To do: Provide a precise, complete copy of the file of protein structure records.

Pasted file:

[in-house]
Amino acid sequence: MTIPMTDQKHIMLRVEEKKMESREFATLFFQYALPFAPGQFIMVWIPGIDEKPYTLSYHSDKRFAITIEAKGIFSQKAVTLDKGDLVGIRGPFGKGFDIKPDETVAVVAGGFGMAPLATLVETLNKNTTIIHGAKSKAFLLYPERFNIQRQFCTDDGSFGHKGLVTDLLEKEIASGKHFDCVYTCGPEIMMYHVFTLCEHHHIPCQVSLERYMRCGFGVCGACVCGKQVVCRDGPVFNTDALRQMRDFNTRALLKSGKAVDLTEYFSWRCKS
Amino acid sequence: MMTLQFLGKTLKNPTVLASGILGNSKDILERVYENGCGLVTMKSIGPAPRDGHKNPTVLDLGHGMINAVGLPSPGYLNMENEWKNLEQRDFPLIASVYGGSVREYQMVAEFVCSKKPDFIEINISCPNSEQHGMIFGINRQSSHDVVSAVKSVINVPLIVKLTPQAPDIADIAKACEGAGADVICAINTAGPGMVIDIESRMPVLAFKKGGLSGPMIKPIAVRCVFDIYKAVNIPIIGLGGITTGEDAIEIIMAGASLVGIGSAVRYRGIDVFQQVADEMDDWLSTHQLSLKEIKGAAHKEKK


[in-house]
Amino acid sequence: MTIPMTDQKHIMLRVEEKKMESREFATLFFQYALPFAPGQFIMVWIPGIDEKPYTLSYHSDKRFAITIEAKGIFSQKAVTLDKGDLVGIRGPFGKGFDIKPDETVAVVAGGFGMAPLATLVETLNKNTTIIHGAKSKAFLLYPERFNIQRQFCTDDGSFGHKGLVTDLLEKEIASGKHFDCVYTCGPEIMMYHVFTLCEHHHIPCQVSLERYMRCGFGVCGACVCGKQVVCRDGPVFNTDALRQMRDFNTRALLKSGKAVDLTEYFSWRCKS
Amino acid sequence: MMTLQFLGKTLKNPTVLASGILGNSKDILERVYENGCGLVTMKSIGPAPRDGHKNPTVLDLGHGMINAVGLPSPGYLNMENEWKNLEQRDFPLIASVYGGSVREYQMVAEFVCSKKPDFIEINISCPNSEQHGMIFGINRQSSHDVVSAVKSVINVPLIVKLTPQAPDIADIAKACEGAGADVICAINTAGPGMVIDIESRMPVLAFKKGGLSGPMIKPIAVRCVFDIYKAVNIPIIGLGGITTGEDAIEIIMAGASLVGIGSAVRYRGIDVFQQVADEMDDWLSTHQLSLKEIKGAAHKEKK